But Making Men Moral was meant to be more than a critique of what Rawls came to call "political liberalism." It also proposed to show that a "conservative" alternative to liberalism needn't--and shouldn't--be illiberal. Although there were things to be learned from the broader liberal tradition on which people like Rawls ad Dworkin drew and built, that tradition did not invent freedom of religion, freedom of speech, the principle of inherent and equal human dignity, and other desirable political principles; nor did or does it supply us with the most compelling arguments for them. A better case for them could be made, I argued, on natural-law, "pluralistic perfectionist" grounds--a case that identified the ways in which respecting these principles served integral human well-being.
"Liberals," now re-styled as "progressives," have moved on. Many are embracing illiberalism, often without embarrassment or so much as a glance backward to the theory that they, or their tradition, deployed for more than fifty years to defend what they deem to be "rights" to pornography, divorce, abortion, same-sex marriage, etc. If they think of that theory at all, it is probably as something that served at the time as a useful tool in dislodging the pre-existing public morality--the fabric of legal and social norms--that had been shaped by biblical religion and classical philosophy.
Interestingly, however, some conservatives today invoke something like (or, perhaps better, some aspects of) the old "political liberalism" in attacking the illiberalism of contemporary progressives. But this draws the ire of other conservatives who see it as a sell-out of conservatism (and a rear-guard action that is bound to fail anyway). In response, conservatives in the former camp accuse those in the latter of falling into illiberalism (even proposing theocracy), as well as of undermining the constitutional basis for protecting the religious freedom and conscience rights of devout Christians, observant Jews, and others who are under pressure from illiberal progressives to conform to norms of progressive ideology.
And so we have the celebrated debate between two admirable conservatives, both of whom are friends of mine: David French and Sohrab Ahmari. A number of people have asked where I stand in the dispute. It would not be false to say I gave my answer twenty-six years ago in Making Men Moral: (1) anti-perfectionism is a mistake, let's not make it; (2) liberty is valuable, but not unconditionally or intrinsically, but rather instrumentally and as a condition for the realization of substantive human goods (some of which such as friendship and marriage and family life are inherently social); (3) procedural justice (like liberty itself) is important--critically so--and even properly understood as itself a requirement of substantive justice; but (4) procedural justice is not the whole of substantive justice, all that the common good requires, so achieving even perfect procedural justice does not ensure a substantively just polity or society; (5) so working for procedural justice--including in a system like ours by vindicating constitutionally and statutorily guaranteed rights by litigation--is good, but it is not enough; (6) still, we mustn't short circuit procedural justice in our zeal to achieve substantive justice--the ends do not justify the means; (7) so we need to avoid supposing that the alternative to "liberalism" (considered as the ideology that has been dominant on the left in our lifetimes) is some form of illiberalism (theocratic or otherwise); (8) and we must avoid throwing the baby (religious freedom, freedom of speech, other basic civil rights and liberties) out with the bathwater (anti-perfectionism, neutralism, the purely procedural conception of justice, together with misguided policy ideas like "rights" to pornography, abortion, etc.); (9) the way to think about civil rights and liberties (and all other questions of justice and political morality) is in relation to basic human goods--the constitutive aspects of the well-being and fulfillment (the thriving, the flourishing) of flesh-and-blood human beings and the communities we constitute and which in part constitute us (beginning with the family); and finally (10) such thinking in the cause of the overall common good will begin with basic universal moral and other practical principles, but will necessarily include, in many cases, prudential judgments that are not themselves universal ("always and everywhere") truths--judgments that take into account contingent circumstances, histories, traditions, opportunities, challenges, and the like--and which require practical wisdom of the sort that comes from a combination of experience, knowledge (including sometimes technical expertise), and sober, critical thinking.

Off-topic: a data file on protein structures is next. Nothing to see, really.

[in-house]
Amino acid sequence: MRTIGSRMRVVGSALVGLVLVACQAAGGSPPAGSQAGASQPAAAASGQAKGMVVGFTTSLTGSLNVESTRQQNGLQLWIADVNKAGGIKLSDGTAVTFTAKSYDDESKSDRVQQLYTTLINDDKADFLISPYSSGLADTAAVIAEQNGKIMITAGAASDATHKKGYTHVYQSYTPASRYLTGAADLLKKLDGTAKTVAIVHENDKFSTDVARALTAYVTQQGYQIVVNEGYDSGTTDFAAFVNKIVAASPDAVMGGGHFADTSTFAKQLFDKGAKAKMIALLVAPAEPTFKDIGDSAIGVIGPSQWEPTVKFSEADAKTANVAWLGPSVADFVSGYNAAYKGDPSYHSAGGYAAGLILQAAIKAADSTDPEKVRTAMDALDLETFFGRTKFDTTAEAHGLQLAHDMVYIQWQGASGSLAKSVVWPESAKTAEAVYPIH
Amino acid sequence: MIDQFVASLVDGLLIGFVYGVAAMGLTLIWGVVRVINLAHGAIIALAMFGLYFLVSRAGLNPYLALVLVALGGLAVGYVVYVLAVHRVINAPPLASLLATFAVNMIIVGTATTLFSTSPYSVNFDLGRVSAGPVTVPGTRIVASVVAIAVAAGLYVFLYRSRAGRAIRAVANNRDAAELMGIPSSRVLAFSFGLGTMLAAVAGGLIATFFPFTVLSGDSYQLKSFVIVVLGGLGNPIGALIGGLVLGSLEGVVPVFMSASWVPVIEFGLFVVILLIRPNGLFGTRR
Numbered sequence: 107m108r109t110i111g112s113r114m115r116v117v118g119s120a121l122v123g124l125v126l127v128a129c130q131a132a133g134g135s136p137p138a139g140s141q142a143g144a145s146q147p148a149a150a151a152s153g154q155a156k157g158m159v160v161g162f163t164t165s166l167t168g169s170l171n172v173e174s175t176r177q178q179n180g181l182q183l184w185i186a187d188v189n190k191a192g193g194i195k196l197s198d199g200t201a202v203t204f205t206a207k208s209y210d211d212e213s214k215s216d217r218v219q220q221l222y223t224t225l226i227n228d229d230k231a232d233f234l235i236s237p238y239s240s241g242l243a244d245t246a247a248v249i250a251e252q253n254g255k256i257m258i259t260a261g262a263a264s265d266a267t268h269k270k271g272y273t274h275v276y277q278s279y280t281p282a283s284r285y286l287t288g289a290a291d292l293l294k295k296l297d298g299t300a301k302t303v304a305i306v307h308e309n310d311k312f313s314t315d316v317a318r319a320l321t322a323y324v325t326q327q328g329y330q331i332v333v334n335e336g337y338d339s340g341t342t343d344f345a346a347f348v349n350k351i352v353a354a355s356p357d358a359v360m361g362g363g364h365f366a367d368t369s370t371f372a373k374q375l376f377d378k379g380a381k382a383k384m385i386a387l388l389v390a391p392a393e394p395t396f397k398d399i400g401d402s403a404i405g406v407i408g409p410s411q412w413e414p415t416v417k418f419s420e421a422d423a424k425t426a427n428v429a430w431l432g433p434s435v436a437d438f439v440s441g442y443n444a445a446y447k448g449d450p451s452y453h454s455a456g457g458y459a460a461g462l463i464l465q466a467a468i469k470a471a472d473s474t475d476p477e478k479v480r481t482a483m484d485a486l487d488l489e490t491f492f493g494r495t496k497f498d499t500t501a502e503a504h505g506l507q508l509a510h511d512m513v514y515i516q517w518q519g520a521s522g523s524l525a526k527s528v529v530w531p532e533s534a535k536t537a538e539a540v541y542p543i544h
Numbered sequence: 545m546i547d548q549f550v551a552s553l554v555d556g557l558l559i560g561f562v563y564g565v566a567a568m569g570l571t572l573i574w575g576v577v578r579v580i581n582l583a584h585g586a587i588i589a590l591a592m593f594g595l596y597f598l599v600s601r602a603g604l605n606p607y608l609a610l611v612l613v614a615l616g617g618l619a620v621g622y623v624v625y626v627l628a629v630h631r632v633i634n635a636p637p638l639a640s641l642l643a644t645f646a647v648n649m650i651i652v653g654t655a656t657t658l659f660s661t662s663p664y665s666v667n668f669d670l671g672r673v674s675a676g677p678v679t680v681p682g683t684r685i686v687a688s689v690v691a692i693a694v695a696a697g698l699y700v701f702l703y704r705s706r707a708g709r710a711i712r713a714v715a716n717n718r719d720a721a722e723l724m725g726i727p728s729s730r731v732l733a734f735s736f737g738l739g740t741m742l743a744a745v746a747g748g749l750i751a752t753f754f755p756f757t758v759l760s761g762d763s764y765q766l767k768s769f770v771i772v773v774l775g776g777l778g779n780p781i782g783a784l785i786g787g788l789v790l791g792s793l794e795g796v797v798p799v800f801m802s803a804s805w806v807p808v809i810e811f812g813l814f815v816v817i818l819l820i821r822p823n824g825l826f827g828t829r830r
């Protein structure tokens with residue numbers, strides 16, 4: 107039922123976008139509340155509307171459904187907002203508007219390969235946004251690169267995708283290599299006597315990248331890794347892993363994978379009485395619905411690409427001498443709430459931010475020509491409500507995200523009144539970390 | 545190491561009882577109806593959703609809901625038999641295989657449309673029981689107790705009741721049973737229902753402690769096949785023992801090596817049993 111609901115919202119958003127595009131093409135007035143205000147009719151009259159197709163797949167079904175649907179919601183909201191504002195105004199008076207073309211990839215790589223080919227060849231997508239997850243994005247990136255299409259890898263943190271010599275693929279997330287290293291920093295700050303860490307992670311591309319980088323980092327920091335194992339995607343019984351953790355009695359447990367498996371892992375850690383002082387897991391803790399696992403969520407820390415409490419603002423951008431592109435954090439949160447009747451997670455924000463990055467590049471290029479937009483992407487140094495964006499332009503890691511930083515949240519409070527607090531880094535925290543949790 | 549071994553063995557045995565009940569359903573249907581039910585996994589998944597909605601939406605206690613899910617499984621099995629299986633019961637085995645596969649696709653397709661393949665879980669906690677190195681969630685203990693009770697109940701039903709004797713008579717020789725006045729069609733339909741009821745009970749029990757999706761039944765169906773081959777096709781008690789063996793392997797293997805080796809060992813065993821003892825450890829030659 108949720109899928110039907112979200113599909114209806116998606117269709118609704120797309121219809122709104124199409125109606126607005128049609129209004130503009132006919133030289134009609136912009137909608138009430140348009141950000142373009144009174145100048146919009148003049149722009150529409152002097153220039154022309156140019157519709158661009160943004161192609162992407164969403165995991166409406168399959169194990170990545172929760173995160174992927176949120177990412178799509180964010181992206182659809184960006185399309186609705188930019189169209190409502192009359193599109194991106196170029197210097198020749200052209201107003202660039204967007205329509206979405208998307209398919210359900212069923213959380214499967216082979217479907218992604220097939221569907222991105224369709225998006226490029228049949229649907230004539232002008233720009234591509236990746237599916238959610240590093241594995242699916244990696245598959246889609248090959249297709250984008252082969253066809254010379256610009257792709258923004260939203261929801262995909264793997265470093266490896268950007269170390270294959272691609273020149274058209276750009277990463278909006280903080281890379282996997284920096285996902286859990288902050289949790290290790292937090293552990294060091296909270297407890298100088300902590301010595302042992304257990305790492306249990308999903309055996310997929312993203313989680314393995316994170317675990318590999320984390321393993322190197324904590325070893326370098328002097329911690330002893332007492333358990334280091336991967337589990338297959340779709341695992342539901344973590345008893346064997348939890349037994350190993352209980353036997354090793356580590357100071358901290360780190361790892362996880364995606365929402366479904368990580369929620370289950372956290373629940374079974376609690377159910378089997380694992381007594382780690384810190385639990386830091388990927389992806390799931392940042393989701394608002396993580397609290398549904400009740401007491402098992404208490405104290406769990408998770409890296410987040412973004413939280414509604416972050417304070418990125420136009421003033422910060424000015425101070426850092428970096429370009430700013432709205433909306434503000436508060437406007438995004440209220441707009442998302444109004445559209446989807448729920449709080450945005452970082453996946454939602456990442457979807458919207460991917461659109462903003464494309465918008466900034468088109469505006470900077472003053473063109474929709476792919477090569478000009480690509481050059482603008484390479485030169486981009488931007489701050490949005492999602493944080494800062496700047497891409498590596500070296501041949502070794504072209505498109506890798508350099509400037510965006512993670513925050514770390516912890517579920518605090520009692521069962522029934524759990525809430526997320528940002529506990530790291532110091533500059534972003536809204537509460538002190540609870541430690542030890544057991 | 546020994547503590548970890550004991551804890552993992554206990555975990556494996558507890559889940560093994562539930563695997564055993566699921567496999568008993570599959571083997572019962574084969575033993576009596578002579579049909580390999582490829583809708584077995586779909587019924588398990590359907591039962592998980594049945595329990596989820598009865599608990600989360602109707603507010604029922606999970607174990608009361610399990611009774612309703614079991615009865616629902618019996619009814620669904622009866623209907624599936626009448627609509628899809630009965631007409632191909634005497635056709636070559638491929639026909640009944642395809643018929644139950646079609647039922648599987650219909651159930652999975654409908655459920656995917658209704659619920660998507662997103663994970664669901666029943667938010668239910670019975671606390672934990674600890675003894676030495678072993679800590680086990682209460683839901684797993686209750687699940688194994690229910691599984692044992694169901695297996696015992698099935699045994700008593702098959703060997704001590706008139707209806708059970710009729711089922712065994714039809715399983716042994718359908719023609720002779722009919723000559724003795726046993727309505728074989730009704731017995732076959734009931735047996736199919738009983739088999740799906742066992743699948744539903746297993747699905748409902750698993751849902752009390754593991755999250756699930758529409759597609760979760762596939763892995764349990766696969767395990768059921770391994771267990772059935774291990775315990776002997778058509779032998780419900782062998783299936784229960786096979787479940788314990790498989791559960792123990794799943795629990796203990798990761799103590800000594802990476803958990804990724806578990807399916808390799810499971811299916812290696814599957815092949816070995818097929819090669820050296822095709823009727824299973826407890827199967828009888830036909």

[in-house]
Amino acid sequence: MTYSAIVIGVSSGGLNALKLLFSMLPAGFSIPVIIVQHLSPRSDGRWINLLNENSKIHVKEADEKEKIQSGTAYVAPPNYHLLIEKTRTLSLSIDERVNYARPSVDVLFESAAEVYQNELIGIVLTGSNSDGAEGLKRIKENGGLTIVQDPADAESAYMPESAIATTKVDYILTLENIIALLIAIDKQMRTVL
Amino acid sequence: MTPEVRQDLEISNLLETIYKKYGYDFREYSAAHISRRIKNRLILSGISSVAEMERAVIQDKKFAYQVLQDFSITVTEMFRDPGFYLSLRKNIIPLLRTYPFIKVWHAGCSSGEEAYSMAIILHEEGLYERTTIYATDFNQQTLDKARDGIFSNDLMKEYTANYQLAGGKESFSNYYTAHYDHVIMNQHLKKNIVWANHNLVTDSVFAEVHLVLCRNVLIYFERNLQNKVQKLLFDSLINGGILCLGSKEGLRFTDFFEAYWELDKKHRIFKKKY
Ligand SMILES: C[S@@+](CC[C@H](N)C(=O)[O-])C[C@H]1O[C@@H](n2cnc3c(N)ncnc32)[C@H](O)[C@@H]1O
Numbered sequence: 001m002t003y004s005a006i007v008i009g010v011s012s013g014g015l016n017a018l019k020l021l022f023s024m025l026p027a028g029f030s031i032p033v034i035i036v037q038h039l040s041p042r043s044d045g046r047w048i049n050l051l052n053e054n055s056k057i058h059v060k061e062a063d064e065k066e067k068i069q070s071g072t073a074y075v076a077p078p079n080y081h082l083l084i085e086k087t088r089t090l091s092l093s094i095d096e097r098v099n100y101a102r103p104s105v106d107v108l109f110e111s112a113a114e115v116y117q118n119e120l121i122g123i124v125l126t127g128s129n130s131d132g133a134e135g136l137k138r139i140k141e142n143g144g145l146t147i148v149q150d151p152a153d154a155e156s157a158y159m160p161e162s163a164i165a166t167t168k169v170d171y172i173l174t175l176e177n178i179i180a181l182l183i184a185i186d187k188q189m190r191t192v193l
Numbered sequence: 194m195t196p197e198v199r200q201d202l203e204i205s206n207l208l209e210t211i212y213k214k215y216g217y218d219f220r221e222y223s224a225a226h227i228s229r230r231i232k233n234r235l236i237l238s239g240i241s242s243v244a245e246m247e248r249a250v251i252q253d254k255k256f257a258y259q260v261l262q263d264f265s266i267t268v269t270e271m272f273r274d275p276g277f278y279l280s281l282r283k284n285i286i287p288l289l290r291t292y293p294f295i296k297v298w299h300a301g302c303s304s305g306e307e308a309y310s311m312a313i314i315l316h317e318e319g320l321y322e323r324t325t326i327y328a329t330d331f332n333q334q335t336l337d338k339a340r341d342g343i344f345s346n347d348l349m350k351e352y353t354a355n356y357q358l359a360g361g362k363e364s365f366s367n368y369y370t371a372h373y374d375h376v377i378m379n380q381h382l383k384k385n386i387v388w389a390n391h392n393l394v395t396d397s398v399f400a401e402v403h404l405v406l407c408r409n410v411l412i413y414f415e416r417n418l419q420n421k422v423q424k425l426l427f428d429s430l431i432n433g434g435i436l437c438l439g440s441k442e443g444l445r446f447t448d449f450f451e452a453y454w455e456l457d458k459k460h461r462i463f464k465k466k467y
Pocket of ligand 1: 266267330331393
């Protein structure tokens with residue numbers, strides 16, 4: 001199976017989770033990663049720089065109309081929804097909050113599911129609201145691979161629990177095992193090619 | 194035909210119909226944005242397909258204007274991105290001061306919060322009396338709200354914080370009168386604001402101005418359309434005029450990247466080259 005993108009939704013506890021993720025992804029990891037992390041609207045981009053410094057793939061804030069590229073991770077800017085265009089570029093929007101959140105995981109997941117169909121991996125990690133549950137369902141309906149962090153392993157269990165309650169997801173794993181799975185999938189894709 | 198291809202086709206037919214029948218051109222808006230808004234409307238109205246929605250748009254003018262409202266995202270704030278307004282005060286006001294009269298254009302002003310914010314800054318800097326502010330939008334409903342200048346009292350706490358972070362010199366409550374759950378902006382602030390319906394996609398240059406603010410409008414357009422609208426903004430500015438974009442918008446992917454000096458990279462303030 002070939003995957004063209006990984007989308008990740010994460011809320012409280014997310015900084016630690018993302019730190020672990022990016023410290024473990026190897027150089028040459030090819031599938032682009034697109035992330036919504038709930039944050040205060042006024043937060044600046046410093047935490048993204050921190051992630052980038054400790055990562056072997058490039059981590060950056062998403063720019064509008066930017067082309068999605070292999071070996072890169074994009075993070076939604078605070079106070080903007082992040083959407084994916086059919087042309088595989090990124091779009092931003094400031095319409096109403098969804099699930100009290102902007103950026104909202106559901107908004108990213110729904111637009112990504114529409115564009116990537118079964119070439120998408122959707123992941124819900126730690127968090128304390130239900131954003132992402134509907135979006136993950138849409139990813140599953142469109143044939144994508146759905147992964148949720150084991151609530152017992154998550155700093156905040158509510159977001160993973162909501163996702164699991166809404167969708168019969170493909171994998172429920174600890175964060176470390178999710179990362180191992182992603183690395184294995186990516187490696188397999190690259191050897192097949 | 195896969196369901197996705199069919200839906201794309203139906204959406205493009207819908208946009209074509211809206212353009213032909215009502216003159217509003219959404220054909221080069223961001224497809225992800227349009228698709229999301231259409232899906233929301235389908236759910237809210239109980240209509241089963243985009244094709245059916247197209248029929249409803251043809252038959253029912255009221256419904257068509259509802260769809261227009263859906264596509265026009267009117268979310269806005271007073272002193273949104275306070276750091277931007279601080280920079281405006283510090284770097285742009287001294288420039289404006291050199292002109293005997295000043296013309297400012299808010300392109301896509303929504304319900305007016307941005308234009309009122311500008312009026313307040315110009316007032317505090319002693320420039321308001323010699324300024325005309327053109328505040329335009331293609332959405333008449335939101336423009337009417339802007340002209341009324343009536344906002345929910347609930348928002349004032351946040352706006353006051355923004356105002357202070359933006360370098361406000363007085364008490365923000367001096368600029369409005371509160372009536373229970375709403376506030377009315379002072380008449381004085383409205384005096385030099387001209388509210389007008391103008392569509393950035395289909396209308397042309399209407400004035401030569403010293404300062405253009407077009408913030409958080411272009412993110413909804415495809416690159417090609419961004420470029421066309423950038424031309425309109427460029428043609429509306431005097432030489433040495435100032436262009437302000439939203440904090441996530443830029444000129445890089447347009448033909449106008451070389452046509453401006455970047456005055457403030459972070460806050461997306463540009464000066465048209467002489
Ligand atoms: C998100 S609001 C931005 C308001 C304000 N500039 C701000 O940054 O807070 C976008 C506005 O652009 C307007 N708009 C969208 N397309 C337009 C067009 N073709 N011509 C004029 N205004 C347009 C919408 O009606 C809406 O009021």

Now, I don't expect everyone to go out and buy copies of Making Men Moral (though I do intend to send copies to Sohrab and David together with a note saying: "Why are you guys arguing when I sorted this whole business out when I was a kid--taking my professional life into my hands by publishing such a thing while I was coming up for tenure?" Just kidding!). So Ryan T. Anderson and I have an essay entitled "The Baby and the Bathwater" coming out soon in the journal National Affairs that revisits and updates the central arguments of the book (and adds some new thoughts), having in mind the division among conservatives today about what we should and shouldn't embrace going forward.
September 7, 2019 | Permalink
Four Notre Dame Law students gained valuable exposure this summer in the area of religious-institutions practice. Sponsored by the Law School’s Program on Church, State & Society, each summer fellow assisted a religiously affiliated organization or law firm that serves such organizations.
The fellowship program is one of the many ways the Program on Church, State & Society seeks to educate young lawyers about the relationship between law and religion. The fellowships allow students to experience a variety of career options that combine law and religion and involve legal services to religious institutions of all types.
Read about the work done by the 2019 fellows here
September 7, 2019 | Permalink
Friday, September 6, 2019
Will the Regents and education bureaucrats succeed in forcing nonpublic schools to conform to unprecedented state control?
In New York, the Education Department is redefining an 1894 state law requiring that private schools offer “substantially equivalent” instruction to students as that provided in public schools—henceforth imposing on private schools the curriculum, scheduling, lesson plans, hiring standards, and reporting requirements that public schools must follow.
September 6, 2019 | Permalink